We do not need to agree about every conclusion and recommendation in this report to take it seriously. It is a contribution to our debates from a unique perspective. Moreover, our acceptance of international observation serves a useful function in our foreign policy. OSCE election observation has encouraged practices giving voters a real choice in numerous other countries, many of which were once repressive, one-party communist states but are now our friends and even, in some cases, allies. The United States initiated this effort with the OSCE and contributes significantly to election observation missions elsewhere, providing the expertise that comes with our experience. If we are to encourage other governments to take this effort seriously and implement recommendations, we need to set the example ourselves. Unfortunately, several U.S. states greatly restrict or even prohibit international observation. This is something which must change as we prepare for mid-term elections in 2022 and general elections in 2024.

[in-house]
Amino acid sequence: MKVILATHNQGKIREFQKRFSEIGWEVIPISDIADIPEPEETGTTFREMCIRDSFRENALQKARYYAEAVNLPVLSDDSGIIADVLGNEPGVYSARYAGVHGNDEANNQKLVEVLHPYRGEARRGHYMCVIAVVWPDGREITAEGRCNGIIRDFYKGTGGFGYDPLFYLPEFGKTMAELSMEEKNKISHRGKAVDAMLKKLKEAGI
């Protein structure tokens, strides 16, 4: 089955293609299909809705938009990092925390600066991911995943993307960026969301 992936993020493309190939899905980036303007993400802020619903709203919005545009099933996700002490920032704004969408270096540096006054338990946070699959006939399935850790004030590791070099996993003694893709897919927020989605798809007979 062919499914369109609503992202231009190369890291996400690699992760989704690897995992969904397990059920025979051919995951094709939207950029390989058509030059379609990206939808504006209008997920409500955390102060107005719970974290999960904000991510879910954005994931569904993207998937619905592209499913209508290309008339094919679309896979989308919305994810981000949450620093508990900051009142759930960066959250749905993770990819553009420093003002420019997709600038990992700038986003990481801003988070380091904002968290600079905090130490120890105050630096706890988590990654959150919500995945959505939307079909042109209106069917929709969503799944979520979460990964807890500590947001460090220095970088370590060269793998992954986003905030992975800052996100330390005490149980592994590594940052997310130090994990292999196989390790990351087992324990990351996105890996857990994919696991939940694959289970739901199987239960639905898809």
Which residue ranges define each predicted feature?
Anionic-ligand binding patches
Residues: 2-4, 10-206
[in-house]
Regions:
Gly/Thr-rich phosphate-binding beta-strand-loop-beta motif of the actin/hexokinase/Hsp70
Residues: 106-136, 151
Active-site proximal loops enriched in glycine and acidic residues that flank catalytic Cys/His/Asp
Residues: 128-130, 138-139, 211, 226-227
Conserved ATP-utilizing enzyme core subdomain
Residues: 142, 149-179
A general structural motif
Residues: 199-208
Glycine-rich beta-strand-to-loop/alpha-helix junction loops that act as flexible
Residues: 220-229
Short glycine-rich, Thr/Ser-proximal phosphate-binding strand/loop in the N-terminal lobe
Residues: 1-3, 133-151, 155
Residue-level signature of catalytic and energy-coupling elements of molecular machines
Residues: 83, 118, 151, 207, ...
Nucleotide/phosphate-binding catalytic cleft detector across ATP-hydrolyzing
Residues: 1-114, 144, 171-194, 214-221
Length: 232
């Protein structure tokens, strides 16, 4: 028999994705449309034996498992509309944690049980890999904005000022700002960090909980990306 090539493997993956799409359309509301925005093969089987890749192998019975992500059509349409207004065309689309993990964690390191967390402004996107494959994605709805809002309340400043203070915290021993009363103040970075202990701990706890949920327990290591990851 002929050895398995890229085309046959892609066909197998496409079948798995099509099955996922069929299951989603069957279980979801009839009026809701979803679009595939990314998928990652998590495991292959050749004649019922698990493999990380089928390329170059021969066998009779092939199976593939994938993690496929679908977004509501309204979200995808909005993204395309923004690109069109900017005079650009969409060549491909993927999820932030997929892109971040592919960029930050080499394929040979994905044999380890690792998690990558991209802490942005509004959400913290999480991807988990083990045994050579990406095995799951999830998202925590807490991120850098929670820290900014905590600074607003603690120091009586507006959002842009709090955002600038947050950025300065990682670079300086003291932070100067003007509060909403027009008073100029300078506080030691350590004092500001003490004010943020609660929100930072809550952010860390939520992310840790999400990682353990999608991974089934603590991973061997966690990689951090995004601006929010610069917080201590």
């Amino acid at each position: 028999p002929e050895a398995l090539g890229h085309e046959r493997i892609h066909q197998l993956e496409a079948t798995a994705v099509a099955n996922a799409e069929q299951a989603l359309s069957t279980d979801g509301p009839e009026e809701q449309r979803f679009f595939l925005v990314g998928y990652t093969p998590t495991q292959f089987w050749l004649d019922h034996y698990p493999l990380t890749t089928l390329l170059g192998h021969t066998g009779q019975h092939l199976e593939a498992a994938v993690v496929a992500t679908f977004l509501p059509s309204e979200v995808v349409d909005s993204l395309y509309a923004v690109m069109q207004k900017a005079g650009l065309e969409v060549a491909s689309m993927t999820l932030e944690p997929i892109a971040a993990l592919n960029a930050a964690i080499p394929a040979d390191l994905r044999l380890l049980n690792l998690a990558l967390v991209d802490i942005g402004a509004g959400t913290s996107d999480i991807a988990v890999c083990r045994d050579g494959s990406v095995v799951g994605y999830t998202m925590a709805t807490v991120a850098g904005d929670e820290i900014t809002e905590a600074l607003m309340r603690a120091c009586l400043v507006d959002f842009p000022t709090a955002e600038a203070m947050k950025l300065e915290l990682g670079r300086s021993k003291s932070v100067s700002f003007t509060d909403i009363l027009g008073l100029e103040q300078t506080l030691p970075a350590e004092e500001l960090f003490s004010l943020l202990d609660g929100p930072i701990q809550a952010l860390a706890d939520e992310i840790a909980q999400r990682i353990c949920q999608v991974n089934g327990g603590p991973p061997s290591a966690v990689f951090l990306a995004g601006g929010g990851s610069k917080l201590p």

Leadership: